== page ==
Conjunctival epithelium appear to be potential portals of infection for SARS-CoV-2
      Li et al.
      • Li X
      • Chan JFW
      • Li KKW
      • Tso EYK
      • Yip CCY
      • Sridhar S
      • et al.
      Detection of SARS-CoV-2 in conjunctival secretions from patients without ocular symptoms [Online ahead of print.
      490Conjunctival swab4 patientsSARS-CoV-2 can be present on the conjunctiva in the absence of ocular symptoms
      RT-PCR, reverse transcription–polymerase chain reaction; NCP, novel coronavirus pneumonia; nCoV, novel coronavirus.

      Methods

      We conducted a prospective study by adopting standardized technique for conjunctiva sampling via clear protocol and instructional video (see supplementary video). Adequate tissue sampling was ensured by sweeping lower tarsal conjunctiva twice. In cases of unilateral eye redness, only the involved eye was sampled to avoid transmitting any microorganisms to the uninvolved eye.
      Two serial eye swabs were taken, one on admission (presentation sample) and another before hospital discharge (convalescent sample), to gauge whether viral shedding was present on the conjunctiva at the beginning and end of the COVID-19 disease course. A total of 78 eye swab samples were obtained from 39 consecutive COVID-19 patients admitted to a regional hospital in Hong Kong. Patient's medical history, ocular symptoms, nasopharyngeal SARS-CoV-2 results, and personal hygiene habits were prospectively collected and analyzed. The eye swab specimens underwent real-time reverse transcription–polymerase chain reaction (rRT-PCR) testing using the E gene assay, where a 76-bp-long fragment from a conserved region in the E gene would be detected by labeled hydrolysis probes using real-time PCR. The reagent used was TIB MOLBIOL LightMix®-Roche Diagnostics, Modular SARS and Wuhan CoV E-gene, Cat.-No. 53-0776-96. The results of specimen for rRT-PCR of SARS-CoV-2 was reported with corresponding cycle thresholds for positive specimen.

      Results

      All 39 cases had proven COVID-19 disease by respiratory samples for SARS-CoV-2 RT-PCR (Table 2). The mean age was 40 (range 19–72), with equal gender representation. Of note, most patients in our case series had mild to moderate COVID-19 disease (89.74%); 15.38% (6/39) reported symptoms suggestive of ocular surface inflammation, including epiphora (10.25%), itchiness (7.69%), and foreign body sensation (5.13%). However, only 1 patient (2.56%) had bilateral overt conjunctivitis, which began 2 days after onset of mild Upper Respiratory Tract Infection (URTI) symptoms and spontaneously resolved after 1 week. There was no correlation between the COVID-19 severity and ocular symptoms (p = 0.308).
      Table 2Demographic characteristics, ocular protection, and personal hygiene habits of 39 COVID-19 patients in our case series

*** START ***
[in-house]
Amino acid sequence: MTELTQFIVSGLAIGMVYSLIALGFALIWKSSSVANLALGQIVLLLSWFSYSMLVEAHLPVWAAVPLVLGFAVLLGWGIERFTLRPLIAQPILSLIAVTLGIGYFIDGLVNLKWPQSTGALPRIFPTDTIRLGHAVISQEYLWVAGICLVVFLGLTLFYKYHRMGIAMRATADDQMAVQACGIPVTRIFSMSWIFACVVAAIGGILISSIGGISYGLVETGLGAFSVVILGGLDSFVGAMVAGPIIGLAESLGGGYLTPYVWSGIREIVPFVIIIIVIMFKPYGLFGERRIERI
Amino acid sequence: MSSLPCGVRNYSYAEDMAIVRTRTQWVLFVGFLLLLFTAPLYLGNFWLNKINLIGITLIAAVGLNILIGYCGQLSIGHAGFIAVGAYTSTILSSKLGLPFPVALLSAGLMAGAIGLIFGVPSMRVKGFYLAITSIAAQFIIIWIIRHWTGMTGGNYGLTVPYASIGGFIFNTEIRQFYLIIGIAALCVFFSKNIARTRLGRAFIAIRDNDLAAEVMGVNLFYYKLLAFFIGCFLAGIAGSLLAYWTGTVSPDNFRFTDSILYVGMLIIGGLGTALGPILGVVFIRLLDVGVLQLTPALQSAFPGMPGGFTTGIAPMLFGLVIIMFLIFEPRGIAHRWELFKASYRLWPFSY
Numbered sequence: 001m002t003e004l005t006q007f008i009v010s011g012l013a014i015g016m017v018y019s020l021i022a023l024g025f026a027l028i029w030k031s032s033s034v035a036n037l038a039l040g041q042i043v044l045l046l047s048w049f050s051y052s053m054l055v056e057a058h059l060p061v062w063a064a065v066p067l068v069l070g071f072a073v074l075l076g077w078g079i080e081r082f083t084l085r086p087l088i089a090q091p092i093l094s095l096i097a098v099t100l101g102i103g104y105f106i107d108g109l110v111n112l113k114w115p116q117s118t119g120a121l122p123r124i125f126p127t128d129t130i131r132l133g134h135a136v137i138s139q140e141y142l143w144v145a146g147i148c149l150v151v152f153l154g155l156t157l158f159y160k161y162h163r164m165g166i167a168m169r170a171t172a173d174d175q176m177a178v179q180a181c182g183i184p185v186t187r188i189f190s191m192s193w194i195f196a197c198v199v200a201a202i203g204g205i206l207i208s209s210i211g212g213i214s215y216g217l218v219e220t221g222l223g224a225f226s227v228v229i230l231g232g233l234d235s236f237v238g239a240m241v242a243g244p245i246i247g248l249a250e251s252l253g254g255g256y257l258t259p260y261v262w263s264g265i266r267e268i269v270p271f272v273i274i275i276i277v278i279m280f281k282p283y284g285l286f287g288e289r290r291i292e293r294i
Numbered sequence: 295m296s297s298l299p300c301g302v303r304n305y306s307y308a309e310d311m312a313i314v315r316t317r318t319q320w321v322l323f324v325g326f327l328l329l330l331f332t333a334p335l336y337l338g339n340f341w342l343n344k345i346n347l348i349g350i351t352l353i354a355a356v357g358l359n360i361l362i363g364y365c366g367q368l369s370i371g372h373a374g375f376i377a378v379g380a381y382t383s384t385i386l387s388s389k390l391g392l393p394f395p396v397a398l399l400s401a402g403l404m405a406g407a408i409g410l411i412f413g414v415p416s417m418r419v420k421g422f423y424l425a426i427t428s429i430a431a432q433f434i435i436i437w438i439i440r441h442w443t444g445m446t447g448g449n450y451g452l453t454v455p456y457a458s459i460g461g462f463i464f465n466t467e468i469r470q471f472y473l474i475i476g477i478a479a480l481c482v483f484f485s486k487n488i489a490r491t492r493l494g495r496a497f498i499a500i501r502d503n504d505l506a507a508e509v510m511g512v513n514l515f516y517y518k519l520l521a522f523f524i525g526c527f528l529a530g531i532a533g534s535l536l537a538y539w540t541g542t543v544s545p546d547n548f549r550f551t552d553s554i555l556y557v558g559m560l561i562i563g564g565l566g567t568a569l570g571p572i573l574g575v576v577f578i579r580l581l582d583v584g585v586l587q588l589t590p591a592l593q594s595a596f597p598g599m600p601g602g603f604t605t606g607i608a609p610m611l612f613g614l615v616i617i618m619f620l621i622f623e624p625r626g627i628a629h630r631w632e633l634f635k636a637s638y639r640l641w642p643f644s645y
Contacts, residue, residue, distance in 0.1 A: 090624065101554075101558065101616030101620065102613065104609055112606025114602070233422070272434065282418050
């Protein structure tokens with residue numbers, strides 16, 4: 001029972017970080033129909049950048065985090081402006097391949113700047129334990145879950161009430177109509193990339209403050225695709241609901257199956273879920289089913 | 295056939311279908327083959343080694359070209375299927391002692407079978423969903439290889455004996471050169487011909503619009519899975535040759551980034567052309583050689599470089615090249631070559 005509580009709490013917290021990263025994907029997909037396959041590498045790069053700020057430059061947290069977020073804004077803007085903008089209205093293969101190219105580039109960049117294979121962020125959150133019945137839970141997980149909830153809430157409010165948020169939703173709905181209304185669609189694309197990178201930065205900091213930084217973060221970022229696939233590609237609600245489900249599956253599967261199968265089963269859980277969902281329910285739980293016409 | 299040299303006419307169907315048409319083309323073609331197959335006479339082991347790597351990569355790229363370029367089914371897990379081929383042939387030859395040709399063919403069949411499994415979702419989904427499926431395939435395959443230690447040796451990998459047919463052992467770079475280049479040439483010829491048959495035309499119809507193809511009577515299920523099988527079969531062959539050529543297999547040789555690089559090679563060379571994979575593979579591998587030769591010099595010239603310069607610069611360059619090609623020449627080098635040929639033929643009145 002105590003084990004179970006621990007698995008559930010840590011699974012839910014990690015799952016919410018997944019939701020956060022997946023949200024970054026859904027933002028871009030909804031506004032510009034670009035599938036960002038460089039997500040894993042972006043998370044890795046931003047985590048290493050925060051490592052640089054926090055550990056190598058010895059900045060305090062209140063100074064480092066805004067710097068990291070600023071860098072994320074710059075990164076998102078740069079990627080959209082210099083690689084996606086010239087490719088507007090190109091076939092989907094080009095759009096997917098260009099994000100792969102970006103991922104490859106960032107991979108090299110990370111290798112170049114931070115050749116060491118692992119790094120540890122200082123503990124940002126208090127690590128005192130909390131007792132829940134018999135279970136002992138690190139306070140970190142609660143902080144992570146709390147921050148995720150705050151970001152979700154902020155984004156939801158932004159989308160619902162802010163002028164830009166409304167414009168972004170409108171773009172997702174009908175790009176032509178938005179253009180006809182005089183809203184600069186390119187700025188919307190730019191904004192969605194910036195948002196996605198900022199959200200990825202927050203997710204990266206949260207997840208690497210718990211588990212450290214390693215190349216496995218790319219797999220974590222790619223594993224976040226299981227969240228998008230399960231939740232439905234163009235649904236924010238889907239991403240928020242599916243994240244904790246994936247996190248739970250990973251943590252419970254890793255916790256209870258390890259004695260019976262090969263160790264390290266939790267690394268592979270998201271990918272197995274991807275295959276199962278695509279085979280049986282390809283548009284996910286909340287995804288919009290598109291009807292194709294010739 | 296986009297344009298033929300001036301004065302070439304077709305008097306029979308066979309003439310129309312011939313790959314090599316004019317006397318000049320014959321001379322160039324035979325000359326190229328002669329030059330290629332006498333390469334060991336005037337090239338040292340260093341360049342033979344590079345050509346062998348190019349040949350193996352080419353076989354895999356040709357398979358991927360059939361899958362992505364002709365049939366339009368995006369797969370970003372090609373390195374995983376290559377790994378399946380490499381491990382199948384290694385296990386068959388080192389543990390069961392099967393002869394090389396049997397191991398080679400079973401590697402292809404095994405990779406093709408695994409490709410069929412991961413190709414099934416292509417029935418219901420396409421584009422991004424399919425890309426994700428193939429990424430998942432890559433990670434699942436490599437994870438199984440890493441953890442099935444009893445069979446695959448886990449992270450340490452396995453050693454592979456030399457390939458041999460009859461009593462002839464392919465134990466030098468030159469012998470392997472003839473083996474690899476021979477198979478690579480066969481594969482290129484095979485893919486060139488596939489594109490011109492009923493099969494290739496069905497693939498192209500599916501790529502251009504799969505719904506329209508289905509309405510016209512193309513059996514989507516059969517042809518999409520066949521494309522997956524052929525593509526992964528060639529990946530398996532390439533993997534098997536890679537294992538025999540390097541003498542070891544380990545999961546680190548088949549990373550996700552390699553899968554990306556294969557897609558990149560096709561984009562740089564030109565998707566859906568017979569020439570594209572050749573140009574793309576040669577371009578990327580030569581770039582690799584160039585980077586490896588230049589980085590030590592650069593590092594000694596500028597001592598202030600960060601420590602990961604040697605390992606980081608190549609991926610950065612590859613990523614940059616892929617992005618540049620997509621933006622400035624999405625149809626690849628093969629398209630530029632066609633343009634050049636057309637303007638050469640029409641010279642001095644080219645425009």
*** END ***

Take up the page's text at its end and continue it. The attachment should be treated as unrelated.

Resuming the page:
No. of patients (percentage of total)
      Female19 (48.71%)
      Male20 (51.28%)
      Age40 y (range: 19–72)
      Medical comorbidity
      HT4 (10.26%)
      Multiple sclerosis1 (2.63%)
      Hx of thyrotoxicosis2 (5.13%)
      DM1 (2.63%)
      COVID disease severity
      Mild29 (74.36%)
      Moderate6 (15.38%)
      Severe3 (7.69%)
      Critical1 (2.56%)
      Ocular symptoms
      Epiphora4 (10.26%)
      Itchiness3 (7.69%)
      Foreign body sensation2 (5.13%)
      Redness1 (2.56%)
      Discharge1 (2.56%)
      Eye protection and personal hygiene habits (protective factors)
      Spectacles (total)30 (76.92%)
      Full-time glasses16 (41.03%)
      Reading glasses/PRN14 (35.90%)
      Googles3 (7.69%)
      Hand washing frequency
      Hourly18 (46.15%)
      4–5 times/day21 (53.85%)
      Mobile phone cleaning with alcohol pad/spray30 (76.92%)
      Risk factors
      Frequent eye rubbing9 (23.07%)
      Regular eyedrop use8 (20.51%)
      Contact lens11 (28.21%)
      Touching of eyes after touching face mask11 (28.21%)
      HT, hypertension; DM, diabetes mellitus; Hx, history; PRN, as needed.
      All cases had conjunctival sampling for SARS-CoV-2 on day 1 postadmission and before hospital discharge (days 4–40). On average, the first swab was taken on day 6 since the onset of COVID-19 symptoms. The corresponding cycle threshold in matching nasopharyngeal samples was 29.81 on admission, which is indicative of intermediate to low viral load.
      • Bruce EA
      • Huang ML
      • Perchetti GA
      • et al.
      Direct RT-qPCR detection of SARS-CoV2 RNA from patient nasopharyngeal swabs without an RNA extraction step [Preprint article].
      In all 78 conjunctival samples, SARS-CoV-2 was not detected by RT-PCR. This was true across the spectrum of COVID-19 disease severity.

      Discussion